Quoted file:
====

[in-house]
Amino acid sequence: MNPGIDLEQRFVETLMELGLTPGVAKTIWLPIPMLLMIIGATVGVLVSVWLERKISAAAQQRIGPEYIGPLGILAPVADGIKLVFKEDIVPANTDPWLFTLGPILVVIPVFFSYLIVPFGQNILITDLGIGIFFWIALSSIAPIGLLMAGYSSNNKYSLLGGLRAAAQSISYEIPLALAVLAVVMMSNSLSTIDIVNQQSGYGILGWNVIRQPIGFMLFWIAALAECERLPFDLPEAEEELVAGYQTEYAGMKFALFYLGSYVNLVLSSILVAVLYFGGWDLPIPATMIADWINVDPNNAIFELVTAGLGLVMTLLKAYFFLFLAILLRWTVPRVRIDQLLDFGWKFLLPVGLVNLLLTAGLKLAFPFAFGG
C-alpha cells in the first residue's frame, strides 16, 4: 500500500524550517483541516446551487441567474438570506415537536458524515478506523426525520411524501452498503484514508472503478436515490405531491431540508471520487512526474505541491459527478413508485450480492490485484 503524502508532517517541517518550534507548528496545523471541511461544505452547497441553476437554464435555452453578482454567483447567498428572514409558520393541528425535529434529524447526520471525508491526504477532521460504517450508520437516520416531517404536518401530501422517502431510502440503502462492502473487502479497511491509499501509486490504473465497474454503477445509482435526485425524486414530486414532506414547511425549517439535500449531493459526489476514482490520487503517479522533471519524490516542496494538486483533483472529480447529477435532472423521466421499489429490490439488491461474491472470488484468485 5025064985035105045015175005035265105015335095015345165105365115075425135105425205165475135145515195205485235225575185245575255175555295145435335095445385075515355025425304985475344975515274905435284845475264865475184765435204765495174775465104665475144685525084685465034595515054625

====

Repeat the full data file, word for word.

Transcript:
[in-house]
Amino acid sequence: MNPGIDLEQRFVETLMELGLTPGVAKTIWLPIPMLLMIIGATVGVLVSVWLERKISAAAQQRIGPEYIGPLGILAPVADGIKLVFKEDIVPANTDPWLFTLGPILVVIPVFFSYLIVPFGQNILITDLGIGIFFWIALSSIAPIGLLMAGYSSNNKYSLLGGLRAAAQSISYEIPLALAVLAVVMMSNSLSTIDIVNQQSGYGILGWNVIRQPIGFMLFWIAALAECERLPFDLPEAEEELVAGYQTEYAGMKFALFYLGSYVNLVLSSILVAVLYFGGWDLPIPATMIADWINVDPNNAIFELVTAGLGLVMTLLKAYFFLFLAILLRWTVPRVRIDQLLDFGWKFLLPVGLVNLLLTAGLKLAFPFAFGG
C-alpha cells in the first residue's frame, strides 16, 4: 500500500524550517483541516446551487441567474438570506415537536458524515478506523426525520411524501452498503484514508472503478436515490405531491431540508471520487512526474505541491459527478413508485450480492490485484 503524502508532517517541517518550534507548528496545523471541511461544505452547497441553476437554464435555452453578482454567483447567498428572514409558520393541528425535529434529524447526520471525508491526504477532521460504517450508520437516520416531517404536518401530501422517502431510502440503502462492502473487502479497511491509499501509486490504473465497474454503477445509482435526485425524486414530486414532506414547511425549517439535500449531493459526489476514482490520487503517479522533471519524490516542496494538486483533483472529480447529477435532472423521466421499489429490490439488491461474491472470488484468485 5025064985035105045015175005035265105015335095015345165105365115075425135105425205165475135145515195205485235225575185245575255175555295145435335095445385075515355025425304985475344975515274905435284845475264865475184765435204765495174775465104665475144685525084685465034595515054625